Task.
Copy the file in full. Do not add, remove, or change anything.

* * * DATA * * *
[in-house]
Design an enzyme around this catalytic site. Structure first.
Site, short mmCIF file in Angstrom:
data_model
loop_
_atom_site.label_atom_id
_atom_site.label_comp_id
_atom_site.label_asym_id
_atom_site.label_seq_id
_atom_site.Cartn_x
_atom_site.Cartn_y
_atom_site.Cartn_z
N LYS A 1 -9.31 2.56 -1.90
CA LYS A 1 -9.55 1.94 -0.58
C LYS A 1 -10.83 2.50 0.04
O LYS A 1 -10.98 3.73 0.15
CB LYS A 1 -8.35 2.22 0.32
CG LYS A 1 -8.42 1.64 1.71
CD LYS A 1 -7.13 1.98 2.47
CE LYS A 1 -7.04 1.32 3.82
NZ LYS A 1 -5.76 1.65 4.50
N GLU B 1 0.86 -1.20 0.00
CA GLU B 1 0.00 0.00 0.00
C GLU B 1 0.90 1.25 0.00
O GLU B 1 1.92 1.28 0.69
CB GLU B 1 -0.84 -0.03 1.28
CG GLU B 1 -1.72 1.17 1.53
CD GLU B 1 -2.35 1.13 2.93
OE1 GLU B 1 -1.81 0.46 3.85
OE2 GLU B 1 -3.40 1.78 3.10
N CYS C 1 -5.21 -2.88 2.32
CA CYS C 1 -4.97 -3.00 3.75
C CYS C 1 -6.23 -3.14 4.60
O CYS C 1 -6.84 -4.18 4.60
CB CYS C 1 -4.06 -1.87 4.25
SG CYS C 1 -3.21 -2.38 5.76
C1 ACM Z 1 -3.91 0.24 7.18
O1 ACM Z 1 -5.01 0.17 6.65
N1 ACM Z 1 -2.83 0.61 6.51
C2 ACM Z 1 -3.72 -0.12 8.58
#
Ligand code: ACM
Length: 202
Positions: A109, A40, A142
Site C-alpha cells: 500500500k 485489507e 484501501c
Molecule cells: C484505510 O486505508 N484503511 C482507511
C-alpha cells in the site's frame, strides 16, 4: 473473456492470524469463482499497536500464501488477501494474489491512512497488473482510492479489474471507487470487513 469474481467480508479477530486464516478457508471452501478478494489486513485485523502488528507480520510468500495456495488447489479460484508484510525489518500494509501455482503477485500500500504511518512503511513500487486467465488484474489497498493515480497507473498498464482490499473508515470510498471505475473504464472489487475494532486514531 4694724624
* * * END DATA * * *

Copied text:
[in-house]
Design an enzyme around this catalytic site. Structure first.
Site, short mmCIF file in Angstrom:
data_model
loop_
_atom_site.label_atom_id
_atom_site.label_comp_id
_atom_site.label_asym_id
_atom_site.label_seq_id
_atom_site.Cartn_x
_atom_site.Cartn_y
_atom_site.Cartn_z
N LYS A 1 -9.31 2.56 -1.90
CA LYS A 1 -9.55 1.94 -0.58
C LYS A 1 -10.83 2.50 0.04
O LYS A 1 -10.98 3.73 0.15
CB LYS A 1 -8.35 2.22 0.32
CG LYS A 1 -8.42 1.64 1.71
CD LYS A 1 -7.13 1.98 2.47
CE LYS A 1 -7.04 1.32 3.82
NZ LYS A 1 -5.76 1.65 4.50
N GLU B 1 0.86 -1.20 0.00
CA GLU B 1 0.00 0.00 0.00
C GLU B 1 0.90 1.25 0.00
O GLU B 1 1.92 1.28 0.69
CB GLU B 1 -0.84 -0.03 1.28
CG GLU B 1 -1.72 1.17 1.53
CD GLU B 1 -2.35 1.13 2.93
OE1 GLU B 1 -1.81 0.46 3.85
OE2 GLU B 1 -3.40 1.78 3.10
N CYS C 1 -5.21 -2.88 2.32
CA CYS C 1 -4.97 -3.00 3.75
C CYS C 1 -6.23 -3.14 4.60
O CYS C 1 -6.84 -4.18 4.60
CB CYS C 1 -4.06 -1.87 4.25
SG CYS C 1 -3.21 -2.38 5.76
C1 ACM Z 1 -3.91 0.24 7.18
O1 ACM Z 1 -5.01 0.17 6.65
N1 ACM Z 1 -2.83 0.61 6.51
C2 ACM Z 1 -3.72 -0.12 8.58
#
Ligand code: ACM
Length: 202
Positions: A109, A40, A142
Site C-alpha cells: 500500500k 485489507e 484501501c
Molecule cells: C484505510 O486505508 N484503511 C482507511
C-alpha cells in the site's frame, strides 16, 4: 473473456492470524469463482499497536500464501488477501494474489491512512497488473482510492479489474471507487470487513 469474481467480508479477530486464516478457508471452501478478494489486513485485523502488528507480520510468500495456495488447489479460484508484510525489518500494509501455482503477485500500500504511518512503511513500487486467465488484474489497498493515480497507473498498464482490499473508515470510498471505475473504464472489487475494532486514531 4694724624